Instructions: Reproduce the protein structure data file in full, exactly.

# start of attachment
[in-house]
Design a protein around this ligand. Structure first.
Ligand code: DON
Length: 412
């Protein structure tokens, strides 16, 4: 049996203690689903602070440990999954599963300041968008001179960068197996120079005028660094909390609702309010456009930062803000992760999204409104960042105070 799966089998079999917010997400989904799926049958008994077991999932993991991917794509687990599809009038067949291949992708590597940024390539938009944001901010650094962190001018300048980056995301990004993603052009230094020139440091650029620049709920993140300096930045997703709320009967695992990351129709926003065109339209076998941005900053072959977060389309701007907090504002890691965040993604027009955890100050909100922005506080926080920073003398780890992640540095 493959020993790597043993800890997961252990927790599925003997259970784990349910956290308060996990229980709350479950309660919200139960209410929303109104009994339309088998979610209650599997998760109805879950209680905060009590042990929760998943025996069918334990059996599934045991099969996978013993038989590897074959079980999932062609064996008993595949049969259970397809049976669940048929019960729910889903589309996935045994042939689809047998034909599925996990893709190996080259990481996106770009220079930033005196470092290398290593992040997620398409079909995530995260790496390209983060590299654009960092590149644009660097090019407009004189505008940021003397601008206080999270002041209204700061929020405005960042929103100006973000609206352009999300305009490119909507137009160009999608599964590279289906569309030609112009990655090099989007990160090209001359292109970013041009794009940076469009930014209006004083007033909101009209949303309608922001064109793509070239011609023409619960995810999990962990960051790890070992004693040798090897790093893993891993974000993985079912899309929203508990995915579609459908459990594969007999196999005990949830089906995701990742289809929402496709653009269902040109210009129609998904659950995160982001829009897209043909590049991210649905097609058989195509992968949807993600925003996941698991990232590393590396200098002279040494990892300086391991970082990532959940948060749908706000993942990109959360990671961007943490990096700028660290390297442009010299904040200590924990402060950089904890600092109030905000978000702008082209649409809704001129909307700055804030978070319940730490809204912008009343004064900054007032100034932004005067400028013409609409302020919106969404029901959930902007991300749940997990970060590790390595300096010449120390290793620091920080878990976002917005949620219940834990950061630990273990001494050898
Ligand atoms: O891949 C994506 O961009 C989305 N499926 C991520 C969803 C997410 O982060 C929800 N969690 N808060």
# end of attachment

[in-house]
Design a protein around this ligand. Structure first.
Ligand code: DON
Length: 412
């Protein structure tokens, strides 16, 4: 049996203690689903602070440990999954599963300041968008001179960068197996120079005028660094909390609702309010456009930062803000992760999204409104960042105070 799966089998079999917010997400989904799926049958008994077991999932993991991917794509687990599809009038067949291949992708590597940024390539938009944001901010650094962190001018300048980056995301990004993603052009230094020139440091650029620049709920993140300096930045997703709320009967695992990351129709926003065109339209076998941005900053072959977060389309701007907090504002890691965040993604027009955890100050909100922005506080926080920073003398780890992640540095 493959020993790597043993800890997961252990927790599925003997259970784990349910956290308060996990229980709350479950309660919200139960209410929303109104009994339309088998979610209650599997998760109805879950209680905060009590042990929760998943025996069918334990059996599934045991099969996978013993038989590897074959079980999932062609064996008993595949049969259970397809049976669940048929019960729910889903589309996935045994042939689809047998034909599925996990893709190996080259990481996106770009220079930033005196470092290398290593992040997620398409079909995530995260790496390209983060590299654009960092590149644009660097090019407009004189505008940021003397601008206080999270002041209204700061929020405005960042929103100006973000609206352009999300305009490119909507137009160009999608599964590279289906569309030609112009990655090099989007990160090209001359292109970013041009794009940076469009930014209006004083007033909101009209949303309608922001064109793509070239011609023409619960995810999990962990960051790890070992004693040798090897790093893993891993974000993985079912899309929203508990995915579609459908459990594969007999196999005990949830089906995701990742289809929402496709653009269902040109210009129609998904659950995160982001829009897209043909590049991210649905097609058989195509992968949807993600925003996941698991990232590393590396200098002279040494990892300086391991970082990532959940948060749908706000993942990109959360990671961007943490990096700028660290390297442009010299904040200590924990402060950089904890600092109030905000978000702008082209649409809704001129909307700055804030978070319940730490809204912008009343004064900054007032100034932004005067400028013409609409302020919106969404029901959930902007991300749940997990970060590790390595300096010449120390290793620091920080878990976002917005949620219940834990950061630990273990001494050898
Ligand atoms: O891949 C994506 O961009 C989305 N499926 C991520 C969803 C997410 O982060 C929800 N969690 N808060």